Max Woolf’s AI-generated Pokemon has got me thinking a lot about the future of the series. With the number of total Pokemon rapidly approaching 1,000, I can’t help but wonder how much longer Game Freak can keep this up. At a certain point, every new Pokemon will become highly derivative of ones that already exist. We already have plenty of examples of that – all you have to do is count the snake or bird Pokemon – and the problem is only going to get worse as more Pokemon are invented. What’s more, the Dexit controversy spotlighted the fact that it won’t be possible to keep adding new Pokemon without getting rid of older ones. An ever-expanding collection hurts the game in so many ways. It frustrates players that can’t transfer their favorites to new games, it dilutes the competitive meta, and most importantly, it makes it hard to care about and form connections with individual Pokemon. I don’t think the developers should keep inventing new Pokemon forever, but luckily, the solution has been right in front of us the whole time: Pokemon breeding.
Breeding was introduced in Gen 2 and has since become a core mechanic of the series. As the breeding process has gotten more complex and involved, an entire cottage industry of Pokemon breeders has formed. These players are experts at assessing stats and selectively breeding moves, abilities, nature, and IVs from one generation to the next. It’s the most complex process in Pokemon and one that casual players would find impenetrable.
But what if there was a way to participate in breeding without having to be a stat expert? Imagine if you could make your own, totally unique, brand new Pokemon by breeding two different Pokemon together. With crossbreeding, Game Freak could invite casual players into the breeding hobby while also offloading the burden of creating new, unique Pokemon to an AI and player-driven process. Players would be able to create their own Pokemon through a simple process. The best part is that because each amalgamated species would be completely of their own making, it would also solve the saturated market problem. You could have an infinite number of new species that would all be individually meaningful to the people that created them.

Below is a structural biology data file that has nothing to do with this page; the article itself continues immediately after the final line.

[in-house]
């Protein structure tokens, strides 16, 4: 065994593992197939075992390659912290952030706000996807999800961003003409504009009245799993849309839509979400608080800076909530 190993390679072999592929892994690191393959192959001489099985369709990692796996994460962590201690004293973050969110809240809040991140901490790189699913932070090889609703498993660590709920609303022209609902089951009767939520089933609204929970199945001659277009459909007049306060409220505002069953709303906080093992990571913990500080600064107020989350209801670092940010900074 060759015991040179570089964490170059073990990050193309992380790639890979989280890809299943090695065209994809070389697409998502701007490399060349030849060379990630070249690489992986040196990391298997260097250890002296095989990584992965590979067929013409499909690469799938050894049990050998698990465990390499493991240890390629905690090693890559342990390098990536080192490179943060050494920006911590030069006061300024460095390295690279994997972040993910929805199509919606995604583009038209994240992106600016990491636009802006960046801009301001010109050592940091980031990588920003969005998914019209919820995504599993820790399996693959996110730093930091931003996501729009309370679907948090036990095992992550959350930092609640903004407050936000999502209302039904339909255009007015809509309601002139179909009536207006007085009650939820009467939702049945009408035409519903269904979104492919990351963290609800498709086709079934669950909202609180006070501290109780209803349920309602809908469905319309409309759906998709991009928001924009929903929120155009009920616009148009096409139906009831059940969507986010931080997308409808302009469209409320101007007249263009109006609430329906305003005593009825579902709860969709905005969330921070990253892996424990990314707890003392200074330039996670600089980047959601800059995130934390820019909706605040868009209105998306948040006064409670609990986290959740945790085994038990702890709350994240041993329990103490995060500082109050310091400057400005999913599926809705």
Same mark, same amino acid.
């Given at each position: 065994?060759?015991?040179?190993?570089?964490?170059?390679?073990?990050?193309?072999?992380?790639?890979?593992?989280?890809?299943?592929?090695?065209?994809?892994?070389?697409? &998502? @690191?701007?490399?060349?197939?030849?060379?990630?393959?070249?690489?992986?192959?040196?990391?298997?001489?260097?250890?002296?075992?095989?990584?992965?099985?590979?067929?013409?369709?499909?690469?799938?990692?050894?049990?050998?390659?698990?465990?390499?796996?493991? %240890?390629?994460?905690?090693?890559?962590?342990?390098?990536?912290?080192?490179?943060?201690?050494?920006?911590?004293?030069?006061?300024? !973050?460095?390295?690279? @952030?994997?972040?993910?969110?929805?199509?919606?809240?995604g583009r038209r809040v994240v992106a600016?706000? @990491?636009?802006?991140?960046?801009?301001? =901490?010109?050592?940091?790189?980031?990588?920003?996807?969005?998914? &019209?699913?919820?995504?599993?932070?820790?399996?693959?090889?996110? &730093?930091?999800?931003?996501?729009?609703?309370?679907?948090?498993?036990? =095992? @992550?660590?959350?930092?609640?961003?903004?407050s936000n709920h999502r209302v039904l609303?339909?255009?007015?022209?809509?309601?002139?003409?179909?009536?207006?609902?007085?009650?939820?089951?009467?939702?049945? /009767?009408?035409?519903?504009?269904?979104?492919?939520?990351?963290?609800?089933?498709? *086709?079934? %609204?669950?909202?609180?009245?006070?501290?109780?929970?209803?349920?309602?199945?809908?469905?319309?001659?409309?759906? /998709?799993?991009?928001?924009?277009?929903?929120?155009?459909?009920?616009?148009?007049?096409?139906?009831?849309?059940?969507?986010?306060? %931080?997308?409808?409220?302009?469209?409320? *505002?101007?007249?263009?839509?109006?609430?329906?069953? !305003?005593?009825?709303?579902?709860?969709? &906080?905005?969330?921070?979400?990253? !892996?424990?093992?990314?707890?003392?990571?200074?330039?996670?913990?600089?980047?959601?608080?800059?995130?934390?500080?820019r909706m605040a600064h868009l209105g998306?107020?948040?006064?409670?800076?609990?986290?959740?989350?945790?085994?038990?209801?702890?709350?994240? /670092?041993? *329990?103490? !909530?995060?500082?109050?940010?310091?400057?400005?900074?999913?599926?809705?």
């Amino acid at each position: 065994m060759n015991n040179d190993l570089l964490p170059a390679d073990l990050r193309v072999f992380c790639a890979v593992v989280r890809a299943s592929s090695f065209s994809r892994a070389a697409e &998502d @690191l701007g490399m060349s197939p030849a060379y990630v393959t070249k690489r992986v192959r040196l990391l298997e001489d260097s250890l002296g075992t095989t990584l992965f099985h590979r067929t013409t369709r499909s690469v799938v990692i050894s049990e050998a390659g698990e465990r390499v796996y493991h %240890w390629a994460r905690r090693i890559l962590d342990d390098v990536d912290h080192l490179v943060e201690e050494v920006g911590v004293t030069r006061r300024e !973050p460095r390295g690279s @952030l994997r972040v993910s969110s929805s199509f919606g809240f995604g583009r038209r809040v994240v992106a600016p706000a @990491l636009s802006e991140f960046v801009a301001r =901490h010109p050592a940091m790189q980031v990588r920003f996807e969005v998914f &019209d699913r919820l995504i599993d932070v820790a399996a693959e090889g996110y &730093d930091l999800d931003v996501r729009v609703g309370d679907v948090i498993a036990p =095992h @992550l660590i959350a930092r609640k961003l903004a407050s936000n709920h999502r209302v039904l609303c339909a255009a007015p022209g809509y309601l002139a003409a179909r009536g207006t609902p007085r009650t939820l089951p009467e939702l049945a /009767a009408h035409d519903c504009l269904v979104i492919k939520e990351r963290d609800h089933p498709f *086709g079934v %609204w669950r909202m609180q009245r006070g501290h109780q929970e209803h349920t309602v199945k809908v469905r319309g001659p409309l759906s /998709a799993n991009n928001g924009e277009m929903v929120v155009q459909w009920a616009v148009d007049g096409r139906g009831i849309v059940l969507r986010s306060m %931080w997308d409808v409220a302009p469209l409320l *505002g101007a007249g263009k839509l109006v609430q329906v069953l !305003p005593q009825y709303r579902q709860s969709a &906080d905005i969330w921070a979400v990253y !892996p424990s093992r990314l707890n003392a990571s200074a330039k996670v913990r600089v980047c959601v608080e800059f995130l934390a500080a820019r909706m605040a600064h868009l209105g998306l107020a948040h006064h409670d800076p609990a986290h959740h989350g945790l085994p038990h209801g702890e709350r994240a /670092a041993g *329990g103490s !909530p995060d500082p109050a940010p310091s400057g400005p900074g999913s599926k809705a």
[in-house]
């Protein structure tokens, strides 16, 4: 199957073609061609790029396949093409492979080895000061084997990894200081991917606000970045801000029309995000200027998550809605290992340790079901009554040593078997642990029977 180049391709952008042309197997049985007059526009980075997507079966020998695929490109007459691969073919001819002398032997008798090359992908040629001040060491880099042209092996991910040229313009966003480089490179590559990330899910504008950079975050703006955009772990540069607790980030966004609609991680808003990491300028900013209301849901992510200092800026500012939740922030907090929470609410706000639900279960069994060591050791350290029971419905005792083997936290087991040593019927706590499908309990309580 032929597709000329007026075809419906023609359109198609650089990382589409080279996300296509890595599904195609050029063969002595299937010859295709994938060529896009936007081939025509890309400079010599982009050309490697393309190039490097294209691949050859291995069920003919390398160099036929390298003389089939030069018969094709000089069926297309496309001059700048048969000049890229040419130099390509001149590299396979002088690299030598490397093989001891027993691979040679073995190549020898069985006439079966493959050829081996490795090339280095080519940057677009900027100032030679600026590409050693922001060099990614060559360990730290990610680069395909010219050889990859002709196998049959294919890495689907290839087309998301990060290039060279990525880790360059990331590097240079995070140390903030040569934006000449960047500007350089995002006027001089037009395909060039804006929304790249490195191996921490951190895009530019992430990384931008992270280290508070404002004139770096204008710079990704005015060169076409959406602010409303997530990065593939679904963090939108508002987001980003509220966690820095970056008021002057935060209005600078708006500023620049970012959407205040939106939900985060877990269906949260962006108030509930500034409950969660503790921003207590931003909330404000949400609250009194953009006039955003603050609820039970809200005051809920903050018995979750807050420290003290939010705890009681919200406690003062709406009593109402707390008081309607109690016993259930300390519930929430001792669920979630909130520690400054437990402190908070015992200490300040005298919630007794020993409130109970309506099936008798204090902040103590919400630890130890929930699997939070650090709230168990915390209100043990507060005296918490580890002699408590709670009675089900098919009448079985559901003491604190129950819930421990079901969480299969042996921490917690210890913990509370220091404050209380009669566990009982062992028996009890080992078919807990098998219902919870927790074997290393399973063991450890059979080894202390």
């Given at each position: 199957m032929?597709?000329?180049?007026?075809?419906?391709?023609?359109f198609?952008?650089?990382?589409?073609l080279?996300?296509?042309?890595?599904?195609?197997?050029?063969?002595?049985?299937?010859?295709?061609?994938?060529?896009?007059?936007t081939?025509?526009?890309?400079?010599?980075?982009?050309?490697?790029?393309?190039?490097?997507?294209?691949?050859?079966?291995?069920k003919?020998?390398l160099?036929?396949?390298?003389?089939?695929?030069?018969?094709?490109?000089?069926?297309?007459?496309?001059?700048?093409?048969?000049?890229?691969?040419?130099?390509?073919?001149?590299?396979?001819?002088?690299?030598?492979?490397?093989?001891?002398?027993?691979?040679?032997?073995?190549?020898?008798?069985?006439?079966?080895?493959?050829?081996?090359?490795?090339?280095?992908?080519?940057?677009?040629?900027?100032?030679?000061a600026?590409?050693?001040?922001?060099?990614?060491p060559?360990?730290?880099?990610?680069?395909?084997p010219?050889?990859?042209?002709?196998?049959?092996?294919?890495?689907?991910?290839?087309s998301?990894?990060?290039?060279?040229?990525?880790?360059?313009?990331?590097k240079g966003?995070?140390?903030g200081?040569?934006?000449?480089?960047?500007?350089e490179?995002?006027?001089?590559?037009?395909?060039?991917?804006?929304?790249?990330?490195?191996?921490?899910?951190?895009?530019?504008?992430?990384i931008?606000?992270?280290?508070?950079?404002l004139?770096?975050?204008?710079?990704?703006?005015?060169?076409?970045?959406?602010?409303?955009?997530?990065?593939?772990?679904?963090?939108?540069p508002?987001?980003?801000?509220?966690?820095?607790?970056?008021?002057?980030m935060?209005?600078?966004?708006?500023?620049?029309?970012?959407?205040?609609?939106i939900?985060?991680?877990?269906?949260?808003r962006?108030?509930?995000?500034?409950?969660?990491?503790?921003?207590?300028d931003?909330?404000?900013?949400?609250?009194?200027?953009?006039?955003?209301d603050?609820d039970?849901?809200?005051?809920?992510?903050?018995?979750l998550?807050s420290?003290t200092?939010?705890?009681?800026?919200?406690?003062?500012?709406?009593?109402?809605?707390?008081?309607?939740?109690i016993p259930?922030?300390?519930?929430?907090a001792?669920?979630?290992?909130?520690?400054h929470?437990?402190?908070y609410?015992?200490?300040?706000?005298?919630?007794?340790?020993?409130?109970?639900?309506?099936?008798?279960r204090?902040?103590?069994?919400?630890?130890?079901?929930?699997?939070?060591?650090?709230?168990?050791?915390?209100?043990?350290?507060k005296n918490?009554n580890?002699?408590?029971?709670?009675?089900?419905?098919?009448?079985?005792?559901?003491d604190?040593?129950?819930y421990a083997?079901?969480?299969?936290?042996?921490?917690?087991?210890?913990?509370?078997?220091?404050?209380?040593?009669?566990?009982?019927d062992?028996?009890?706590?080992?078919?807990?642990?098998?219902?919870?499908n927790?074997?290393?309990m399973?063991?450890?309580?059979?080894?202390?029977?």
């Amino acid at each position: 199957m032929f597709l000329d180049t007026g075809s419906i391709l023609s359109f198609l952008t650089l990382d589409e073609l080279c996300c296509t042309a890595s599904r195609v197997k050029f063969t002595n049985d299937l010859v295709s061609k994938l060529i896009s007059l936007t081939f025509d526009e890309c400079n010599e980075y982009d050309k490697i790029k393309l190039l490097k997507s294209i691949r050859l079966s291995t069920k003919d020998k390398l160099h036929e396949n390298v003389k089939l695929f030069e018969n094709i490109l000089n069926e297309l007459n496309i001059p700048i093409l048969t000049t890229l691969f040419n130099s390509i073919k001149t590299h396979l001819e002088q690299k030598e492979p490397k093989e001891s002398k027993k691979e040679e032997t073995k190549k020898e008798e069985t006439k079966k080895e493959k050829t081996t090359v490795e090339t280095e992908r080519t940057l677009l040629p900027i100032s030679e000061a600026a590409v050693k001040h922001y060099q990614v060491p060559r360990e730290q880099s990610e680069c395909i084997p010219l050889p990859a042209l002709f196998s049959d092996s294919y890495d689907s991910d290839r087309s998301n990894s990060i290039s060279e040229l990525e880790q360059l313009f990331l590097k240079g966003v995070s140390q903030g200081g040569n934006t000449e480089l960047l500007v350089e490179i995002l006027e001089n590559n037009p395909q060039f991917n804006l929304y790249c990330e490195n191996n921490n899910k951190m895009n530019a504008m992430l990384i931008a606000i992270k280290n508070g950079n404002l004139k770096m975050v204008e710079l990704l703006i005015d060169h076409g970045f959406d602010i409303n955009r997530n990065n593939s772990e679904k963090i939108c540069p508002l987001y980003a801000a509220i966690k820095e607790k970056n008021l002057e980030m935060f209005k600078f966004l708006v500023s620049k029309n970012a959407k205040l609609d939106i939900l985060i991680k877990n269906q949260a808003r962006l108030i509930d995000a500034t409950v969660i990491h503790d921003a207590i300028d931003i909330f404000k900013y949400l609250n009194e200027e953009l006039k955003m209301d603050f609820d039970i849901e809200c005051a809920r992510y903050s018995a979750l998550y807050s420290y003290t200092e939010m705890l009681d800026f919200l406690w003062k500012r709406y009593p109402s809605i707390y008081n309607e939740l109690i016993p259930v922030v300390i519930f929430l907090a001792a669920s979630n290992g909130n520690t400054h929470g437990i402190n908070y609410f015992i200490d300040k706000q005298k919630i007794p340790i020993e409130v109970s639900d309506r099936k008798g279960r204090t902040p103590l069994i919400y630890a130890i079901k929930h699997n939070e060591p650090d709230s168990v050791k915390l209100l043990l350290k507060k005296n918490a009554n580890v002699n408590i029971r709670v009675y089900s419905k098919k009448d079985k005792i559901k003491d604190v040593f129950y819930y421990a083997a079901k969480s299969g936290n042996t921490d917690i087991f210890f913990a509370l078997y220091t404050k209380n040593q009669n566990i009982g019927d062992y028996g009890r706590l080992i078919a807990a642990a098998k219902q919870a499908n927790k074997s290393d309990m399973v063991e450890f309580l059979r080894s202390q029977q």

If you’ve ever used the Pokemon Fusion Generator, you should have a rough idea of what I’m talking about. That app lets you choose any two Pokemon and it automatically generates a mashup of them. It’s a fun way to create some pretty cursed-looking Pokemon with funny names, but it also gives us an example of what breeding might one day be like. Crossbreeding Pokemon could give us new monsters that share qualities from parents, not just once, but intergenerationally. The offspring of a half-Starmie half-Arbok (Starbok) could breed with a half-Kangaskhan half-Muk (Kangasuk) and make a new Pokemon that has qualities from all four (Starbangakuk). The possible combinations are infinite. You could spend thousands of hours crossbreeding Pokemon and you’d never see every possible creation.
There would need to be certain restrictions to crossbreeding of course. Crossbreeds wouldn’t exist in any Pokedex because it just wouldn’t be possible or necessary to catalog every creation. It also wouldn’t be a good idea to allow crossbreeds into competitive play. Beyond that, whatever you do with your crossbreeds should be up to you. You can trade them online, battle against friends with them, or just keep breeding them over and over until you’ve made the most powerful crossbreed ever. New entries would still need some new Pokemon just to add to the breeding pool, but a small handful of 15-20 would be enough for an entire generation.
It has never made sense that breeding two different Pokemon results in the offspring becoming a unique species or the other, but it was a limitation of the hardware at the time breeding was introduced. I hope that breeding can evolve beyond stat manipulation and allow us to create our own custom Pokemon. It would solve a lot of the problems that the series faces, especially the ones that have only gotten worse over time.
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